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Euler substitutions

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Substitutions of the variable in an integral

(1)

where is a rational function of its arguments, that reduce (1) to the integral of a rational function. There are three types of such substitutions.

The first Euler substitution: If , then

The second Euler substitution: If the roots and of the quadratic polynomial are real, then

The third Euler substitution: If , then

(Any combination of signs may be chosen on the right-hand side in each case.) All the Euler substitutions allow both the original variable of integration and to be expressed rationally in terms of the new variable .

The first two Euler substitutions permit the reduction of (1) to the integral of a rational function over any interval on which takes only real values.

Geometrically, the Euler substitutions mean that the second-order curve

(2)

has a rational parametric representation; for if is chosen to be the angular coefficient of the pencil of straight lines passing through a point of (2), then the coordinates of any point on this curve can be expressed rationally in terms of . In the case when , that is, when (2) is a hyperbola, the first Euler substitution is obtained by taking as one of the points at infinity defined by the directions of the asymptotes of this hyperbola; when the roots and of the quadratic polynomial are real, the second Euler substitution is obtained by taking as one of the points or ; finally, when , the third Euler substitution is obtained by taking as one of the points where the curve (2) intersects the ordinate axis, that is, one of the points .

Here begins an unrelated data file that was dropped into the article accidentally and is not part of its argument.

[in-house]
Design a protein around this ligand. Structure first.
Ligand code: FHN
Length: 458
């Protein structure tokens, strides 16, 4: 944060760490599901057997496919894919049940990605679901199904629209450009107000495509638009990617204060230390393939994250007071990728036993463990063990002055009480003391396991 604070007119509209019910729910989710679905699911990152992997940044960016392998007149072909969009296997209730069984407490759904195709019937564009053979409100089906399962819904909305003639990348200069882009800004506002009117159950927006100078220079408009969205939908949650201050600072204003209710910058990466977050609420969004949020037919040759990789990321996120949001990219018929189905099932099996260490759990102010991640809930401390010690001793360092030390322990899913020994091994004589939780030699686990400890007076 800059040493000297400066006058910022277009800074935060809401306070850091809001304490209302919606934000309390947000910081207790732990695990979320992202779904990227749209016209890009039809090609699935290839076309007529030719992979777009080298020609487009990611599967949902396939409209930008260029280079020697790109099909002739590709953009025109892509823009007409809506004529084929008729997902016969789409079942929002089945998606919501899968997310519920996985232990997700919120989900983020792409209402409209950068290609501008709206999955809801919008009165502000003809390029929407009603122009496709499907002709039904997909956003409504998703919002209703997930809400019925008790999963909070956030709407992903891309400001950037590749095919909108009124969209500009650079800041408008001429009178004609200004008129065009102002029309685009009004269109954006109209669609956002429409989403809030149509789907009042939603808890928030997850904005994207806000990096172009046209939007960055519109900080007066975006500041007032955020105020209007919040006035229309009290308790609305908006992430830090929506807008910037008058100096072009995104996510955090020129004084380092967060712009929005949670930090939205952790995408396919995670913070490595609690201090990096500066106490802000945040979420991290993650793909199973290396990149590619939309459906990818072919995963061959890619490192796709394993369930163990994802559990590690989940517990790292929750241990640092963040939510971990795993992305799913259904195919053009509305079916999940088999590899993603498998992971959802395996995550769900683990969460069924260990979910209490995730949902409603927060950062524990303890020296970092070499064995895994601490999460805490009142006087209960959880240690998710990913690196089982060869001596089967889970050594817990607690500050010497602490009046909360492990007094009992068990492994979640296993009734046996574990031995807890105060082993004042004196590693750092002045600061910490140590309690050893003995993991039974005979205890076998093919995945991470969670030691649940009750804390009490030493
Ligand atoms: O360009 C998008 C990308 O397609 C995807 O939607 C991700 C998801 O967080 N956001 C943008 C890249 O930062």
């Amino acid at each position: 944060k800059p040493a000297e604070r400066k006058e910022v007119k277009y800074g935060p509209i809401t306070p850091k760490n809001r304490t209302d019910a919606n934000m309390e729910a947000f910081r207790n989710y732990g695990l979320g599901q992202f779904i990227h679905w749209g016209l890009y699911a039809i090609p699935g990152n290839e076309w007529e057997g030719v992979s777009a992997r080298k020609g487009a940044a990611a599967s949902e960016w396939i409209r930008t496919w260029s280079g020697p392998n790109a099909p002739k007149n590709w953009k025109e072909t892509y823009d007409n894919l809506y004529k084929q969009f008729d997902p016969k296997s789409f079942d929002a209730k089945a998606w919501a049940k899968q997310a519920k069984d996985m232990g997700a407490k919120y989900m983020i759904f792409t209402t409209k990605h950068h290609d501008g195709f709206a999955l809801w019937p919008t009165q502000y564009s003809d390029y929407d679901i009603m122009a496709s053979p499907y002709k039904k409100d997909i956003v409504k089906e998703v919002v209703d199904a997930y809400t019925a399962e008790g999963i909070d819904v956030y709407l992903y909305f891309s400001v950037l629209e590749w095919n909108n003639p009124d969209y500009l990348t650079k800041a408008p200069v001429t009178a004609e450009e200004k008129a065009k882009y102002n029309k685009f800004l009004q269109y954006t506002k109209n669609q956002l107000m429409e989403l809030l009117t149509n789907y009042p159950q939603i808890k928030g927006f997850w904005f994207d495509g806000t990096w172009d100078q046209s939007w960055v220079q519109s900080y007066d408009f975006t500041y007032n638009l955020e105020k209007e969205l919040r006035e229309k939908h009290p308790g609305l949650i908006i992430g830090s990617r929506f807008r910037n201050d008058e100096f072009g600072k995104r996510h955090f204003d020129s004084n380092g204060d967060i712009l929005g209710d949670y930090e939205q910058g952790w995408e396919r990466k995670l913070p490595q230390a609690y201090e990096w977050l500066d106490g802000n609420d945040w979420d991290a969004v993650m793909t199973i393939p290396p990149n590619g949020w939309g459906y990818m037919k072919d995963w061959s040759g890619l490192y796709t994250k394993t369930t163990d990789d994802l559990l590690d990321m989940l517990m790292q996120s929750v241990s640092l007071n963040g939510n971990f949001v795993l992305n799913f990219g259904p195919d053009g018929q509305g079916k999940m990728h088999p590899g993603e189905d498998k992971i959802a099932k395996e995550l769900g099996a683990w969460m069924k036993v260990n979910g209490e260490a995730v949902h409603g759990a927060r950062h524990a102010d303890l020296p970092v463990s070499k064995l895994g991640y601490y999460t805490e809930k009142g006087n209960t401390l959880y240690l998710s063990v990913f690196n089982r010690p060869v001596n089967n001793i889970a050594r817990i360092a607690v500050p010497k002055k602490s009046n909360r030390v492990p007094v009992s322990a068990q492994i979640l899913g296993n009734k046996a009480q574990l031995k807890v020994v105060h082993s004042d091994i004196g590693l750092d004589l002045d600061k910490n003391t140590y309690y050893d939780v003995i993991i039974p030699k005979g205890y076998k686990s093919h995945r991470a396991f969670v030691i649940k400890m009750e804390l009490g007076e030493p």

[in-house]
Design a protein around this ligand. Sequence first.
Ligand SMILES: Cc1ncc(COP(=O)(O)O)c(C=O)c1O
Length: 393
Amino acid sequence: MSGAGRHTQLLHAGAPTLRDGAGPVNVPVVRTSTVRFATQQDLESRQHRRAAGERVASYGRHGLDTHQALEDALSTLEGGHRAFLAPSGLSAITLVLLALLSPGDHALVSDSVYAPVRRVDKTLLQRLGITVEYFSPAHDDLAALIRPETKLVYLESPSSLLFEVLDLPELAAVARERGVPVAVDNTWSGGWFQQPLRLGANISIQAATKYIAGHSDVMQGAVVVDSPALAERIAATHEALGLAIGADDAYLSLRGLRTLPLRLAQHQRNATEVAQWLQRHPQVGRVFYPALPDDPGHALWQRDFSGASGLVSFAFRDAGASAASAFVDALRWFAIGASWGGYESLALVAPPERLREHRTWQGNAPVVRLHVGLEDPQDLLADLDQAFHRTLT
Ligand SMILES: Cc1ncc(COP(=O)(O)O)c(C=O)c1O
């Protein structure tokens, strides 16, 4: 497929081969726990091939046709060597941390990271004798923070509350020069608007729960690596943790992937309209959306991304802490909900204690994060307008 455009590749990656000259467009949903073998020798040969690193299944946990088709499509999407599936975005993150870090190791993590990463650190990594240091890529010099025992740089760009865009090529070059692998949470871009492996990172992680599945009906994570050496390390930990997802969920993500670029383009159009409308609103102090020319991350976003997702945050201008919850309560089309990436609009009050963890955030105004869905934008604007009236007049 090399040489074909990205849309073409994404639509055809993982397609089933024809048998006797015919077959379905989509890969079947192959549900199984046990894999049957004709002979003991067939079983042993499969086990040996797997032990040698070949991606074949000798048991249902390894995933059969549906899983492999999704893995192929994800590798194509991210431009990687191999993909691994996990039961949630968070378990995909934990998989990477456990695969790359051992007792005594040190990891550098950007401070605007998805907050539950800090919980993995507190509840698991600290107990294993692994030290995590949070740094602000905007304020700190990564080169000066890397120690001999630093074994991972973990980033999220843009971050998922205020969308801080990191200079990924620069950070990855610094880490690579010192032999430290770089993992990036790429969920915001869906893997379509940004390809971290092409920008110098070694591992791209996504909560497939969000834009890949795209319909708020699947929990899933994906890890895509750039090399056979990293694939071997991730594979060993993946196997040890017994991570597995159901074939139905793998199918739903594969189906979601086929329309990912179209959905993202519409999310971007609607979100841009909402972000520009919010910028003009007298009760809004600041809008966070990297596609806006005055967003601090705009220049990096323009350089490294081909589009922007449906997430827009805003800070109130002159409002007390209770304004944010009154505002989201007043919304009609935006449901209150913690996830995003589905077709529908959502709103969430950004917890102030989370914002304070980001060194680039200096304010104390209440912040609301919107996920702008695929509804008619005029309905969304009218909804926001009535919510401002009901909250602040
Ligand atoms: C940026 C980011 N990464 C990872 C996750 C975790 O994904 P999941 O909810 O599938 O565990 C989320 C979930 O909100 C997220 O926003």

How to Cite This Entry:
Euler substitutions. L.D. Kudryavtsev (originator), Encyclopedia of Mathematics. URL: http://www.encyclopediaofmath.org/index.php?title=Euler_substitutions&oldid=14688
This text originally appeared in Encyclopedia of Mathematics - ISBN 1402006098